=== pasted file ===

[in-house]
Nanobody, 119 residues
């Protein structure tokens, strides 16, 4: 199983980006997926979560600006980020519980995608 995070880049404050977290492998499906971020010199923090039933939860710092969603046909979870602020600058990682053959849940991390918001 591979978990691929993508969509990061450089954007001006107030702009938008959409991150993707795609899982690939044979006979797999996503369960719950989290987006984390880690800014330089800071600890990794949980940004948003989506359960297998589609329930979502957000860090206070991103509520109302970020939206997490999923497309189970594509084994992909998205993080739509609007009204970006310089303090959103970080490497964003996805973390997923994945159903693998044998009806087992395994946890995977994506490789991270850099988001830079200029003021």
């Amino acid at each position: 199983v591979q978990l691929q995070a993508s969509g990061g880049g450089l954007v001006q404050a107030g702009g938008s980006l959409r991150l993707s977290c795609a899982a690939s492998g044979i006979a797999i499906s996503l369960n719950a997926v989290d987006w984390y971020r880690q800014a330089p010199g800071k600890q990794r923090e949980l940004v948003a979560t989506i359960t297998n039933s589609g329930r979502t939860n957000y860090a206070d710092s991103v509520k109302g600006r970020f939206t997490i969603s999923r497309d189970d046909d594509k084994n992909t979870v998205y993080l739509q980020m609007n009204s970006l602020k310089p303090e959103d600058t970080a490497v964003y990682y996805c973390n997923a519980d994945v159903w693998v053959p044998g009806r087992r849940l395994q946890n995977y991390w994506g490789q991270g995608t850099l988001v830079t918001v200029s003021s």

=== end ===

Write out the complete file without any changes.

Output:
[in-house]
Nanobody, 119 residues
């Protein structure tokens, strides 16, 4: 199983980006997926979560600006980020519980995608 995070880049404050977290492998499906971020010199923090039933939860710092969603046909979870602020600058990682053959849940991390918001 591979978990691929993508969509990061450089954007001006107030702009938008959409991150993707795609899982690939044979006979797999996503369960719950989290987006984390880690800014330089800071600890990794949980940004948003989506359960297998589609329930979502957000860090206070991103509520109302970020939206997490999923497309189970594509084994992909998205993080739509609007009204970006310089303090959103970080490497964003996805973390997923994945159903693998044998009806087992395994946890995977994506490789991270850099988001830079200029003021």
């Amino acid at each position: 199983v591979q978990l691929q995070a993508s969509g990061g880049g450089l954007v001006q404050a107030g702009g938008s980006l959409r991150l993707s977290c795609a899982a690939s492998g044979i006979a797999i499906s996503l369960n719950a997926v989290d987006w984390y971020r880690q800014a330089p010199g800071k600890q990794r923090e949980l940004v948003a979560t989506i359960t297998n039933s589609g329930r979502t939860n957000y860090a206070d710092s991103v509520k109302g600006r970020f939206t997490i969603s999923r497309d189970d046909d594509k084994n992909t979870v998205y993080l739509q980020m609007n009204s970006l602020k310089p303090e959103d600058t970080a490497v964003y990682y996805c973390n997923a519980d994945v159903w693998v053959p044998g009806r087992r849940l395994q946890n995977y991390w994506g490789q991270g995608t850099l988001v830079t918001v200029s003021s």